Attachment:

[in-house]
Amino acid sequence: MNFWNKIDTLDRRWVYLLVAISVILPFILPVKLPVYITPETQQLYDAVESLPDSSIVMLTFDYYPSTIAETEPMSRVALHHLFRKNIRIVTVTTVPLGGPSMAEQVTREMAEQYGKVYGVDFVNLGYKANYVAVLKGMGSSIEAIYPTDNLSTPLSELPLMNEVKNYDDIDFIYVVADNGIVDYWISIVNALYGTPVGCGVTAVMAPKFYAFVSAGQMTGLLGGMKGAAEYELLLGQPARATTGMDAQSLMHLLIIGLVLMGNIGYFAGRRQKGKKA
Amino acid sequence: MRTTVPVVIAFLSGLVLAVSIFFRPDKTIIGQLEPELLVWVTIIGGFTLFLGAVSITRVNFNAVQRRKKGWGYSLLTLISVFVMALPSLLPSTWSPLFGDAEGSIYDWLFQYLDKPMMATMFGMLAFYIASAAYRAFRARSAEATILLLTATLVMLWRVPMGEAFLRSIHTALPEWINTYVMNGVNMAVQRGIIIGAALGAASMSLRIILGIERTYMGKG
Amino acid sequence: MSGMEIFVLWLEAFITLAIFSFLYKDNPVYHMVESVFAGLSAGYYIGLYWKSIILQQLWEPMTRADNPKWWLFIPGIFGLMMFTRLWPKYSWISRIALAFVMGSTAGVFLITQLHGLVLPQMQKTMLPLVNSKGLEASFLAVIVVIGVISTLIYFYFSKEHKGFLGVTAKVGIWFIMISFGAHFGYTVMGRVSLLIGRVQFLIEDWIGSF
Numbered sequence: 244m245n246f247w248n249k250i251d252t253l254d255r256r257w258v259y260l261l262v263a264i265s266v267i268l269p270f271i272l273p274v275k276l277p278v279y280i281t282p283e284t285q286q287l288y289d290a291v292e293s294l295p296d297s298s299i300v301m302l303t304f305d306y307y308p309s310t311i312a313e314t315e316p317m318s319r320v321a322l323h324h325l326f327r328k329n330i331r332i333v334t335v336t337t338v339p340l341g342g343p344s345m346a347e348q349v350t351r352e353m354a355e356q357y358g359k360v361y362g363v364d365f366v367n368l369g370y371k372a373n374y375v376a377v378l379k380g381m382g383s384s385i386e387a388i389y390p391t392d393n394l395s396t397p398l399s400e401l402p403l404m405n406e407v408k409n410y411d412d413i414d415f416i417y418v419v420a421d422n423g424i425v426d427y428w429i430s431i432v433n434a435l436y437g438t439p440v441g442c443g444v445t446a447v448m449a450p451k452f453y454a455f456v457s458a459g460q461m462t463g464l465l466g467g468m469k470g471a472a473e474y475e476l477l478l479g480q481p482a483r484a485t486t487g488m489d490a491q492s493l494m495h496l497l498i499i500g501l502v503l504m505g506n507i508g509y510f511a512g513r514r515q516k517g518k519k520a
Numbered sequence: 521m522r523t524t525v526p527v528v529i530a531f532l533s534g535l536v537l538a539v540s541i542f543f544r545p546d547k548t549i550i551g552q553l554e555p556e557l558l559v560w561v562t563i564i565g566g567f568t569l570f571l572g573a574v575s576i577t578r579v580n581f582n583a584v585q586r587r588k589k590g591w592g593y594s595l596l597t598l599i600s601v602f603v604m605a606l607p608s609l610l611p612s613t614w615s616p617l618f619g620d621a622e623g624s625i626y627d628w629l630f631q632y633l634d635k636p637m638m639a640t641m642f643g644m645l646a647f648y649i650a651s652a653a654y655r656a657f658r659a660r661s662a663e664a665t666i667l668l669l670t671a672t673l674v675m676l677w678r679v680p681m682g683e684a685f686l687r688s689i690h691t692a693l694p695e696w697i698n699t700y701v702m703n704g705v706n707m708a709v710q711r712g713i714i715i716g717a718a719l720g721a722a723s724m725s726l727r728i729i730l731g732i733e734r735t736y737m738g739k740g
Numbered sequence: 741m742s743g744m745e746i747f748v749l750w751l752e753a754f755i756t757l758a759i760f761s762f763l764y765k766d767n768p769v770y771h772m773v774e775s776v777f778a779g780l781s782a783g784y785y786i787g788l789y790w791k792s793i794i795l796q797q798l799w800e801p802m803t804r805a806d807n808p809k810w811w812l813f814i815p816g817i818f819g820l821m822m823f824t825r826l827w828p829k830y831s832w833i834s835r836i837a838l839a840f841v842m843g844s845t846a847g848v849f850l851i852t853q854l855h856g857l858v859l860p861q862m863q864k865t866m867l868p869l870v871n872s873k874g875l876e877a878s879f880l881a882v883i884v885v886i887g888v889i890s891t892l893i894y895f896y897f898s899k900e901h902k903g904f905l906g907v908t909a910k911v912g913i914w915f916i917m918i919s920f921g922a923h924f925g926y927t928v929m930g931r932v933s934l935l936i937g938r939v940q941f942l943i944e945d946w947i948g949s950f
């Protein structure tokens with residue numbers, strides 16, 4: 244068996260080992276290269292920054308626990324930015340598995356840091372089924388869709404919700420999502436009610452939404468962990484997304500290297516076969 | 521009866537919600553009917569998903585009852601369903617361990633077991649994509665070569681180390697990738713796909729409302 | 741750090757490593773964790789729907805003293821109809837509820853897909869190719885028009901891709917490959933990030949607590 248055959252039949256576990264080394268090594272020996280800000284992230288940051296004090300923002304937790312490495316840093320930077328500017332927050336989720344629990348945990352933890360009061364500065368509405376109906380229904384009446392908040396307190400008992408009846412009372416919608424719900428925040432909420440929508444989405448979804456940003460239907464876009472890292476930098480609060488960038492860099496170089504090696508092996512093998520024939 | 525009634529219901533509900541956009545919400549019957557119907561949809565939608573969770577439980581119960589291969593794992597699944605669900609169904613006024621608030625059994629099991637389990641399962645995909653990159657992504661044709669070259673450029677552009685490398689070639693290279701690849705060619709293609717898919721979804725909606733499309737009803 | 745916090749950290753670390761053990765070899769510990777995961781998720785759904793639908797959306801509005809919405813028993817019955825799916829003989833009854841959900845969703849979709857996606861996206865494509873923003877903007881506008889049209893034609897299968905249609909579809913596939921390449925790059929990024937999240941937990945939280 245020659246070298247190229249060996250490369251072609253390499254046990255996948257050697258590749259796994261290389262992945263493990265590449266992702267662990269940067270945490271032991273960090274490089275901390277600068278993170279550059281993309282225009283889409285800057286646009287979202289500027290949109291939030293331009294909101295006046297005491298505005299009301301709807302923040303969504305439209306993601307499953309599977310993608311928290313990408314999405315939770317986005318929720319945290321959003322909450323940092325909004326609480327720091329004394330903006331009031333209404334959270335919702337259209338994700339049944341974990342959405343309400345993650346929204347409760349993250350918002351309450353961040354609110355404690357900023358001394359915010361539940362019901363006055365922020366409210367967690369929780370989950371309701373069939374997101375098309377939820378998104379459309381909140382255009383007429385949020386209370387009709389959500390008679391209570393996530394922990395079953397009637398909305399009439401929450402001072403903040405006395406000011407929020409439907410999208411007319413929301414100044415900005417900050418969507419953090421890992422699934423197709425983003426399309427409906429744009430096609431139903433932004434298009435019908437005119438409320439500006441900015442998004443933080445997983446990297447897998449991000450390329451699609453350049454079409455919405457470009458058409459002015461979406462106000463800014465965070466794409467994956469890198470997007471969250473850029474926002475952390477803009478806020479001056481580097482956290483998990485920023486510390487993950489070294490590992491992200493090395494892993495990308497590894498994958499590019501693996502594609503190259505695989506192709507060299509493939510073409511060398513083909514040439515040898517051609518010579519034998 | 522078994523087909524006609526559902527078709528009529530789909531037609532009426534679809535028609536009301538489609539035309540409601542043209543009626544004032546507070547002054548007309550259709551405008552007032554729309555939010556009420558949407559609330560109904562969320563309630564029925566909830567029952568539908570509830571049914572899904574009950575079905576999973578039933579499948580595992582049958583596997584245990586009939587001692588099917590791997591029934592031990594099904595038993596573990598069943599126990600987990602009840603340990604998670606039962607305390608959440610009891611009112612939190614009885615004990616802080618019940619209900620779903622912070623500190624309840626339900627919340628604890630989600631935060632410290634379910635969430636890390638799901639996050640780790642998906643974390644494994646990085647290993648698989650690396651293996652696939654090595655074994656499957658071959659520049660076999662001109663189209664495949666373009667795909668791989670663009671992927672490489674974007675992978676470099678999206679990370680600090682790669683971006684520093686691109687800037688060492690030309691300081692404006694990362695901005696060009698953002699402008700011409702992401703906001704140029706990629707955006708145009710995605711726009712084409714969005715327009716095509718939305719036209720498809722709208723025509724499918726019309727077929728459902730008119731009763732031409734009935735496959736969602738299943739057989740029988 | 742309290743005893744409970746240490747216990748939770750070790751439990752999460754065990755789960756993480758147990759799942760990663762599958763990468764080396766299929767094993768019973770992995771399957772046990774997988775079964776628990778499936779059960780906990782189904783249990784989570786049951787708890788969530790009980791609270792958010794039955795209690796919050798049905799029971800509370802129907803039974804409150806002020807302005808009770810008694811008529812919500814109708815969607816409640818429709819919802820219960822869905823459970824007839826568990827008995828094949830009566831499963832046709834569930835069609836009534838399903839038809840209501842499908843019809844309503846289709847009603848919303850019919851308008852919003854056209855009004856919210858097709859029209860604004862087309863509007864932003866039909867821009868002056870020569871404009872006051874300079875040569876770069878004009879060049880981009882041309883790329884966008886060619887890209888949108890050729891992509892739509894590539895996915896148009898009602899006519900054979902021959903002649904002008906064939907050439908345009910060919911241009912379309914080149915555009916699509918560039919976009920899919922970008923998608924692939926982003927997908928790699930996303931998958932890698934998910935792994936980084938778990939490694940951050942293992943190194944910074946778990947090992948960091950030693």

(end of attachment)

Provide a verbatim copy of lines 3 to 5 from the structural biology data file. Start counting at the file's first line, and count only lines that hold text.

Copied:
Amino acid sequence: MRTTVPVVIAFLSGLVLAVSIFFRPDKTIIGQLEPELLVWVTIIGGFTLFLGAVSITRVNFNAVQRRKKGWGYSLLTLISVFVMALPSLLPSTWSPLFGDAEGSIYDWLFQYLDKPMMATMFGMLAFYIASAAYRAFRARSAEATILLLTATLVMLWRVPMGEAFLRSIHTALPEWINTYVMNGVNMAVQRGIIIGAALGAASMSLRIILGIERTYMGKG
Amino acid sequence: MSGMEIFVLWLEAFITLAIFSFLYKDNPVYHMVESVFAGLSAGYYIGLYWKSIILQQLWEPMTRADNPKWWLFIPGIFGLMMFTRLWPKYSWISRIALAFVMGSTAGVFLITQLHGLVLPQMQKTMLPLVNSKGLEASFLAVIVVIGVISTLIYFYFSKEHKGFLGVTAKVGIWFIMISFGAHFGYTVMGRVSLLIGRVQFLIEDWIGSF
Numbered sequence: 244m245n246f247w248n249k250i251d252t253l254d255r256r257w258v259y260l261l262v263a264i265s266v267i268l269p270f271i272l273p274v275k276l277p278v279y280i281t282p283e284t285q286q287l288y289d290a291v292e293s294l295p296d297s298s299i300v301m302l303t304f305d306y307y308p309s310t311i312a313e314t315e316p317m318s319r320v321a322l323h324h325l326f327r328k329n330i331r332i333v334t335v336t337t338v339p340l341g342g343p344s345m346a347e348q349v350t351r352e353m354a355e356q357y358g359k360v361y362g363v364d365f366v367n368l369g370y371k372a373n374y375v376a377v378l379k380g381m382g383s384s385i386e387a388i389y390p391t392d393n394l395s396t397p398l399s400e401l402p403l404m405n406e407v408k409n410y411d412d413i414d415f416i417y418v419v420a421d422n423g424i425v426d427y428w429i430s431i432v433n434a435l436y437g438t439p440v441g442c443g444v445t446a447v448m449a450p451k452f453y454a455f456v457s458a459g460q461m462t463g464l465l466g467g468m469k470g471a472a473e474y475e476l477l478l479g480q481p482a483r484a485t486t487g488m489d490a491q492s493l494m495h496l497l498i499i500g501l502v503l504m505g506n507i508g509y510f511a512g513r514r515q516k517g518k519k520a